Books Magazine

Rapunzel Complex

By Ashleylister @ashleylister
Hair and Fur - another theme that did little to inspire my blogging compadres, apparently No matter, I'm going to make this Saturday a 'Grimm Hair Day'.
I've always loved long hair - on women especially (though my own was well below shoulder-length for a few fashionably rebellious years in the 1970s) - and in my research for this post I stumbled across the curious phenomenon of 'real life Rapunzels', a discovery which I owe it to share with you.
I don't know if this fad has got anything to do with the Disneyfication of the Rapunzel tale (Tangled, 2010 and its sequel Tangled Ever After, 2012, neither of which animated films I have seen) or if it is just a fashion fixation catalysed by the ubiquity of social media platforms like Instagram. Most of the modern-day 'Rapunzels' appear to be Eastern European or Russian. Some, it seems, have achieved considerable fame (and fortune?) as a result of their extremely long (and let's be honest, ravishingly beautiful) hair. One even claims to have suffered from androgenetic alopecia as a teenager until working diligently with trichologists restored her crowning glory and led to a modelling contract with a well-known brand of shampoo. I would have thought such mane-maintenance would be pretty time-consuming, but apparently not. The secret? Wash your hair twice a week (adding a dash of olive oil) and eat a large spoonful of peanut butter a day.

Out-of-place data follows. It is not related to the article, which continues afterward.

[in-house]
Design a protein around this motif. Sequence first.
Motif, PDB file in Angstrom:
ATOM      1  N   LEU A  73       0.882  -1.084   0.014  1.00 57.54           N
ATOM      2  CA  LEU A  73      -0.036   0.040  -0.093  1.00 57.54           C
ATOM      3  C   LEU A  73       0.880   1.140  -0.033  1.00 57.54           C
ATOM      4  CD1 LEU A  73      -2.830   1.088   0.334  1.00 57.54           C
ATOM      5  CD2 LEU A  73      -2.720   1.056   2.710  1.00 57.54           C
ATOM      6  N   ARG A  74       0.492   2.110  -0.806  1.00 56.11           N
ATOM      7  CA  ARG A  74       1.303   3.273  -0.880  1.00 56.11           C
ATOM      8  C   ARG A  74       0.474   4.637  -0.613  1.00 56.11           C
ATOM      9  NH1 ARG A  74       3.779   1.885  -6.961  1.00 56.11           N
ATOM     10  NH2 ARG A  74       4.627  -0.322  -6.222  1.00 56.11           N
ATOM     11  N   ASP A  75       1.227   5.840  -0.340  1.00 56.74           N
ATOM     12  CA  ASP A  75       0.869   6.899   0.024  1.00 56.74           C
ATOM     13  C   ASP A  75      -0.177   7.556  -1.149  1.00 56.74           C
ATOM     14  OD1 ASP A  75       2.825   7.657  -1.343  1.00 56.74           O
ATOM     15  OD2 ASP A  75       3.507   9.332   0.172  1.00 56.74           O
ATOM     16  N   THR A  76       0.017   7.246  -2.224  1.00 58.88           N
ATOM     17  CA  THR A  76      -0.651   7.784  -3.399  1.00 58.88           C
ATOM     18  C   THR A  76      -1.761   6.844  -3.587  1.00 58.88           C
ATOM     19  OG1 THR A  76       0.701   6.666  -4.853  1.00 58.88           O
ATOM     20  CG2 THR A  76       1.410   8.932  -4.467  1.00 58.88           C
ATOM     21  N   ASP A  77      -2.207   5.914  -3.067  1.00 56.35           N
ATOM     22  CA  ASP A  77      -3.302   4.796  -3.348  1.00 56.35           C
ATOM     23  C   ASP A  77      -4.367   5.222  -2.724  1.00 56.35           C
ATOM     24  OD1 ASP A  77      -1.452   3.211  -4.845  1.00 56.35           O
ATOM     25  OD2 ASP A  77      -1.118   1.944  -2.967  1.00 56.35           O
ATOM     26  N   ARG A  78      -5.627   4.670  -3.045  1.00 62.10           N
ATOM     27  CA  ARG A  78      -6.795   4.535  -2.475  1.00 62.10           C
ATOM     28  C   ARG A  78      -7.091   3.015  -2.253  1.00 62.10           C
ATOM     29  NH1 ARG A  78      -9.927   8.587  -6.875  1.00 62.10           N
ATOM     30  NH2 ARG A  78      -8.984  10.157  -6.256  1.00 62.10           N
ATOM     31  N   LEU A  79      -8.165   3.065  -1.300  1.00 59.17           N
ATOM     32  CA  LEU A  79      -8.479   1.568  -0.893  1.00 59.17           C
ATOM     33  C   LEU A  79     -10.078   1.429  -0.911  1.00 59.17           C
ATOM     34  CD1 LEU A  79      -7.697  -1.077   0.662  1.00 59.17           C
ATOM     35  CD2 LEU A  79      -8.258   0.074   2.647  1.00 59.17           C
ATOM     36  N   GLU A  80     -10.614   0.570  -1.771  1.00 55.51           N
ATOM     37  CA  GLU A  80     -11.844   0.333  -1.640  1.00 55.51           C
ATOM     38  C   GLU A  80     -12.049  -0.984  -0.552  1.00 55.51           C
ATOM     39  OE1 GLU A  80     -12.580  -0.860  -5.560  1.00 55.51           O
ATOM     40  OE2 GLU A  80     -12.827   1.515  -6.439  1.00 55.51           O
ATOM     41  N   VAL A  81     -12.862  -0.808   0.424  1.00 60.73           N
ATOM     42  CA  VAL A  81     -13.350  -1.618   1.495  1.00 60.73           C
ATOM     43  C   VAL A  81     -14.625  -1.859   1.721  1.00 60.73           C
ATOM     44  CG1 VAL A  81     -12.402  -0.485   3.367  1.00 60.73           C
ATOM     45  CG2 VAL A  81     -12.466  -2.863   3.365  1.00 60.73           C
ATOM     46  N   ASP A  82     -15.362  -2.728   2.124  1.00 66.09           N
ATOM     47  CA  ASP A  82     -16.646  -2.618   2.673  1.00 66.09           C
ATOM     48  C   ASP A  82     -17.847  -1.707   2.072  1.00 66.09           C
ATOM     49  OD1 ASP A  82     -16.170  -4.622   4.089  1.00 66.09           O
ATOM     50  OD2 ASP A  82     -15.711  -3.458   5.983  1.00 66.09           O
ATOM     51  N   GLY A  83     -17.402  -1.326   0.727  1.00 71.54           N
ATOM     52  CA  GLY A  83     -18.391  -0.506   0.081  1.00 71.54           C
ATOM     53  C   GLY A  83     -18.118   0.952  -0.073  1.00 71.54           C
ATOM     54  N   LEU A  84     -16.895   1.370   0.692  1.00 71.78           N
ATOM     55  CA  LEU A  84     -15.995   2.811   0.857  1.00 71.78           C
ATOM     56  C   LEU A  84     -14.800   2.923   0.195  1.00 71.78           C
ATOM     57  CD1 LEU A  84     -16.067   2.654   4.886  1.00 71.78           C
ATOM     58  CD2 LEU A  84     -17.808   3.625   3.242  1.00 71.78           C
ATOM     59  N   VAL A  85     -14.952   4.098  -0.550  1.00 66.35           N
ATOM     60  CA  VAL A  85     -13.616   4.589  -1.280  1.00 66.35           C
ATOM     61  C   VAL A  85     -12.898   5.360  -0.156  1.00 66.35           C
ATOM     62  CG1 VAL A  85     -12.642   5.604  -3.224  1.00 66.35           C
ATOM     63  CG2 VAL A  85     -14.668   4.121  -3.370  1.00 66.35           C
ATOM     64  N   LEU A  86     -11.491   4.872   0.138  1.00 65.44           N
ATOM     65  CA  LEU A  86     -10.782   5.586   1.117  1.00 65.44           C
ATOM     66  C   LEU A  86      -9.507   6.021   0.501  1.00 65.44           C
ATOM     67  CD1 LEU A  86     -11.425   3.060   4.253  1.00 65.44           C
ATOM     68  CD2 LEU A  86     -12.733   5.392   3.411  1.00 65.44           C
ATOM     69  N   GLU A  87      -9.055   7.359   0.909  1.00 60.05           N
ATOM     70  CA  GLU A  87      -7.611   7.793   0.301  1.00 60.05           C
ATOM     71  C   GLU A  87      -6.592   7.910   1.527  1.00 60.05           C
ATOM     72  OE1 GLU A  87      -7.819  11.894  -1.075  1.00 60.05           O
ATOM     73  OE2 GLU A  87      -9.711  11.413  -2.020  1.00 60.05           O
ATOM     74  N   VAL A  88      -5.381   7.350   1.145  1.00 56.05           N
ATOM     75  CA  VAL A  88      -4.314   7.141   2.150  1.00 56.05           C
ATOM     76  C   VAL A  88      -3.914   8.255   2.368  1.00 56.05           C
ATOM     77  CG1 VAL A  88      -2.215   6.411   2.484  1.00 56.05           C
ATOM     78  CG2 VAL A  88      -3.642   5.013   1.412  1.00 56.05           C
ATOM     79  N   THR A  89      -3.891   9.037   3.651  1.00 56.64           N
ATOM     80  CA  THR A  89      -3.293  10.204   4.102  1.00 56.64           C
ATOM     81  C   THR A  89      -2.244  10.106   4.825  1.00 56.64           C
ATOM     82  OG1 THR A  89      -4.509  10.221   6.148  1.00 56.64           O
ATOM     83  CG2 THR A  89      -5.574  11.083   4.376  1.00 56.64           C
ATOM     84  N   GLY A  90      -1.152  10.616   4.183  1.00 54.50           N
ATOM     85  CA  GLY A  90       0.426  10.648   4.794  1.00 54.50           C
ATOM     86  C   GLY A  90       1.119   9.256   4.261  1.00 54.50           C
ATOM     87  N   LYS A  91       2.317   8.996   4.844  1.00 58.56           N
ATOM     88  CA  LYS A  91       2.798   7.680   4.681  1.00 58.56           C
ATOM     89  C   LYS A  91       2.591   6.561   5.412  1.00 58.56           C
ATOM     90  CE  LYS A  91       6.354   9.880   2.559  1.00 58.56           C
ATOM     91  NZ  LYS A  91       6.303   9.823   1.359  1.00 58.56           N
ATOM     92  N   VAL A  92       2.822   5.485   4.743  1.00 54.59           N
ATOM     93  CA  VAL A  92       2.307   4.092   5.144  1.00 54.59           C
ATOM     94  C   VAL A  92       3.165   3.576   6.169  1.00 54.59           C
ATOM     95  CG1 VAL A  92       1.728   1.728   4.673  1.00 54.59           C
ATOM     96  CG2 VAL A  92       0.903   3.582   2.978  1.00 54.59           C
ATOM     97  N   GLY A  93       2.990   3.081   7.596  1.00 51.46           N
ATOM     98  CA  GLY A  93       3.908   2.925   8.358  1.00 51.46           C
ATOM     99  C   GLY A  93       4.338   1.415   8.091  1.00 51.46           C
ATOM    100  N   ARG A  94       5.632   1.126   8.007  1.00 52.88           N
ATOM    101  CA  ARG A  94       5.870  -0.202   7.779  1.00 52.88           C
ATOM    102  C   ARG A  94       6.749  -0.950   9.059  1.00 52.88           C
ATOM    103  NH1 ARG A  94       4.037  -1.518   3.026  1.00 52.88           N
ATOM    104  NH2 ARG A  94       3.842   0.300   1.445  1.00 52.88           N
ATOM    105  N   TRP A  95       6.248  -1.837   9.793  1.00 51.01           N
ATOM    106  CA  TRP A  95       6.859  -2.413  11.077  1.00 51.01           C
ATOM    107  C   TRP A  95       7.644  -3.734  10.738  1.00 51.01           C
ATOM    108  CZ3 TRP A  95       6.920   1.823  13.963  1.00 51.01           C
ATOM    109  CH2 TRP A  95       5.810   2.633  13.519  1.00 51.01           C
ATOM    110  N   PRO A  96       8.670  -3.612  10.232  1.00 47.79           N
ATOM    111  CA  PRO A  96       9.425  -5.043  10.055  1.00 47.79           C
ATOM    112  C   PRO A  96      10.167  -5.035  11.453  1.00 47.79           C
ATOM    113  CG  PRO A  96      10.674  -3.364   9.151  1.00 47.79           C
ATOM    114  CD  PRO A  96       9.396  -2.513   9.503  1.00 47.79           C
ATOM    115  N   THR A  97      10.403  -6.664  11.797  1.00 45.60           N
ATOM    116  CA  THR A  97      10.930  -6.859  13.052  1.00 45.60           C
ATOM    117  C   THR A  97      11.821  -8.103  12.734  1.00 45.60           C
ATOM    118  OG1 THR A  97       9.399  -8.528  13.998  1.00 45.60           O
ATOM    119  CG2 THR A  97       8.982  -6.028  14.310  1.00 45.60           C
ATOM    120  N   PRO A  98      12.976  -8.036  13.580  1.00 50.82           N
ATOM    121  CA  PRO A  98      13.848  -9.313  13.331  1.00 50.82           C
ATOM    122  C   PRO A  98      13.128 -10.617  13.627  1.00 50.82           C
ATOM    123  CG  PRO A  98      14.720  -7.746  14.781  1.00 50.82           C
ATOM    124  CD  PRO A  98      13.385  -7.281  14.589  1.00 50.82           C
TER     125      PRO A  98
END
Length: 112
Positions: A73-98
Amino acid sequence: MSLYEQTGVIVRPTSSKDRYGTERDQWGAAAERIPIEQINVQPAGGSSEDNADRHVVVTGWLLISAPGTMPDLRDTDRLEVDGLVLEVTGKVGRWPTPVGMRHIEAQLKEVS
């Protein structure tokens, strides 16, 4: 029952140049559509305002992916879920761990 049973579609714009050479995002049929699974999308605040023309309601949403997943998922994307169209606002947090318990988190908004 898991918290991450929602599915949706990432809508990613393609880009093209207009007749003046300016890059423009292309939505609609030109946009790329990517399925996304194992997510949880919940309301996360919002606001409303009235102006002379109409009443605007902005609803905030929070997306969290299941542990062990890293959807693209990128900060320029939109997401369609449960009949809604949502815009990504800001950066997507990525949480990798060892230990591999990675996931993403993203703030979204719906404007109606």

Rapunzel Complex

a 'real life Rapunzel'

Of course, most of these girls only grow their hair down to their knees or ankles (which feat in itself can take up to thirteen years). That's about five feet of luscious hair. In the original (by the Brothers Grimm) Rapunzel's tresses were fully 'twenty ells' long - that's about thirty feet. For those of you not overly familiar with the old German tale, I reprise it briefly here in my own words. Are you sitting comfortably?
Rapunzel Retold (or Trouble With Rampion)
Far away and long ago in a princedom without compare lived a poor man and his wife in a village which possessed a walled garden. After many years of longing for a child their hopes appeared to be fulfilled when the wife fell pregnant. As often happens at such times, she became obsessed with cravings, one of which was for the rampion which grew in abundance in that walled garden. Her desire was so intense that she prevailed upon her husband to scale the wall and steal some rampion for her, which she made into a delicious salad and devoured in ecstasy. That experience only served to intensify her craving and she told her husband she must have more of the delicious rampion or she would go distracted and die. Fearing for his wife and unborn child, the man climbed once more into the walled garden again and set about stealing handfuls of the lovely rampion which grew there in abundance...
Rapunzel Complex

...only oops! this time he was caught in the act by the enchantress whose garden it was. She was angered to the point of wanting to exact the full weight of justice on the man for his wicked deed until he fell on her mercy and explained why he was purloining her salad plants. In short, a deal was struck (unlikely though this sounds). The enchantress told the man that rather than having him tried and condemned as a thief, she would give him permission to help himself to as much rampion as his wife desired until she came to term - in exchange for the baby when it was born. The deal was done; the wife's reaction not recorded.